English dress in the second half of the sixteenth century has been studied in depth, yet remarkably little has been written on the earlier years, or indeed on male clothing for the whole century. The few studies that do cover these neglected areas have tended to be quite general, focusing upon garments rather than the wearers. As such this present volume fills an important gap by providing a detailed analysis of not only what people wore in Henry's reign, but why. The book describes and analyses dress in England through a variety of documents, including warrants and accounts from Henry's Great Wardrobe and the royal household, contemporary narrative sources, legislation enacted by Parliament, guild regulations, inventories and wills, supported with evidence and observations derived from visual sources and surviving garments. Whilst all these sources are utilised, the main focus of the study is built around the sumptuary legislation, or the four 'Acts of Apparel' passed by Henry between 1509 and 1547. English sumptuary legislation was concerned primarily with male dress, and starting at the top of society with the king and his immediate family, it worked its way down through the social hierarchy, but stopped short of the poor who did not have sufficient disposable income to afford the items under consideration. Certain groups - such as women and the clergy - who were specifically excluded from the legislation, are examined in the second half of the book. Combining the consideration of such primary sources with modern scholarly analysis, this book is invaluable for anyone with an interest in the history of fashion, clothing, and consumption in Tudor society.
Table of Contents
Contents: Preface; Introduction: signs of self definition: textiles in Henry VIII's England; Part I Sumptuary Legislation and the Tudor Social Structure: Costly array: the Henrician sumptuary laws; The body politic: the Tudor social structure. Part II Cloth and Clothing: Production: the English textile and clothing trades; Consumption: material choices; Rich apparel: clothing and accessories; Livery: symbol of royal, noble and military service. Part III Living Within the Law: the Landed Hierarchy: Defining the House of Tudor: the king and his family; The nobility: dukes, earls, marquesses and lords; The gentry; knights, esquires and gentlemen; The middling and lower sort: yeomen, husbandmen and labourers. Part IV Living Beyond the Law: the Exceptions: Women: wives and spinsters, vowesses and widows; The ecclesiastical elite: cardinals, archbishops and bishops; The parish clergy: priests, parsons, curates and chantry priests; Living by the rule: the regular clergy; Entertainers: players of interludes and minstrels; The secular professions; academics, lawyers and doctors; The urban elite: civic livery and the mercantile community; Conclusion: the Acts of Apparel: clothing choices and social definition; Documents; Glossary; Bibliography; Index.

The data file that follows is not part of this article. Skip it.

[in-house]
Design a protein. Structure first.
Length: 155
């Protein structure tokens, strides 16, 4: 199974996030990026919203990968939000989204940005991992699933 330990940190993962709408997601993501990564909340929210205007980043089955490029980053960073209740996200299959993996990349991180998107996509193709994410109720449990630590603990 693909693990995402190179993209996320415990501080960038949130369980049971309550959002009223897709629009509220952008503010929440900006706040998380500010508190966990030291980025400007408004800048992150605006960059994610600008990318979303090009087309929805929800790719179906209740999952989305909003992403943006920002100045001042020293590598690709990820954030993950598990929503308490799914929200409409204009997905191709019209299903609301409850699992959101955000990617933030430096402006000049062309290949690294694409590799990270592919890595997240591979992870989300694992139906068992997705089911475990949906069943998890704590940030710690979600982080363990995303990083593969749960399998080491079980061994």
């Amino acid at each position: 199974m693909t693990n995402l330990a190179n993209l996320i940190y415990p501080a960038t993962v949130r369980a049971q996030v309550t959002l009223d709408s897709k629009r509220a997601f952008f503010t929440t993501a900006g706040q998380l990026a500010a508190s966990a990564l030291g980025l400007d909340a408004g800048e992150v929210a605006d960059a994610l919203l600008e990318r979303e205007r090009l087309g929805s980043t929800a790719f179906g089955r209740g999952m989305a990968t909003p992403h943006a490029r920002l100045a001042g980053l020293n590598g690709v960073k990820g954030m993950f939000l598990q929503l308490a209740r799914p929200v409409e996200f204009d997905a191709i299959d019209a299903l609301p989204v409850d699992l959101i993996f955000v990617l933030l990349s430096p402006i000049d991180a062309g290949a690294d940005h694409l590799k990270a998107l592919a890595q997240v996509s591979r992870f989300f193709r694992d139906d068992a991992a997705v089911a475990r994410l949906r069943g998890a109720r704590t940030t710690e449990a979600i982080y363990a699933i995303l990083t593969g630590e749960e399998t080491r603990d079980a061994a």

Dr Maria Hayward is a reader in History at the University of Southampton and she is a specialist in material culture at the court of Henry VIII. Her books include The 1542 Inventory of Whitehall (2004) and Dress at the Court of King Henry VIII (2007).
'Ultimately, this book is an important read for both students and scholars who are interested in the culture of clothing in early Tudor England.' Journal of British Studies 'There can be no doubt as to the significance of this work. It is a valuable contribution to the field of material culture covering a surprisingly neglected, but demonstrably distinctive, period.' Renaissance Quarterly ’Maria Hayward has made a significant contribution to our understanding of early modern England’s commodity culture. Her meticulously researched book contains a wealth of information that scholars will find fascinating, useful and enlightening.’ Sixteenth Century Journal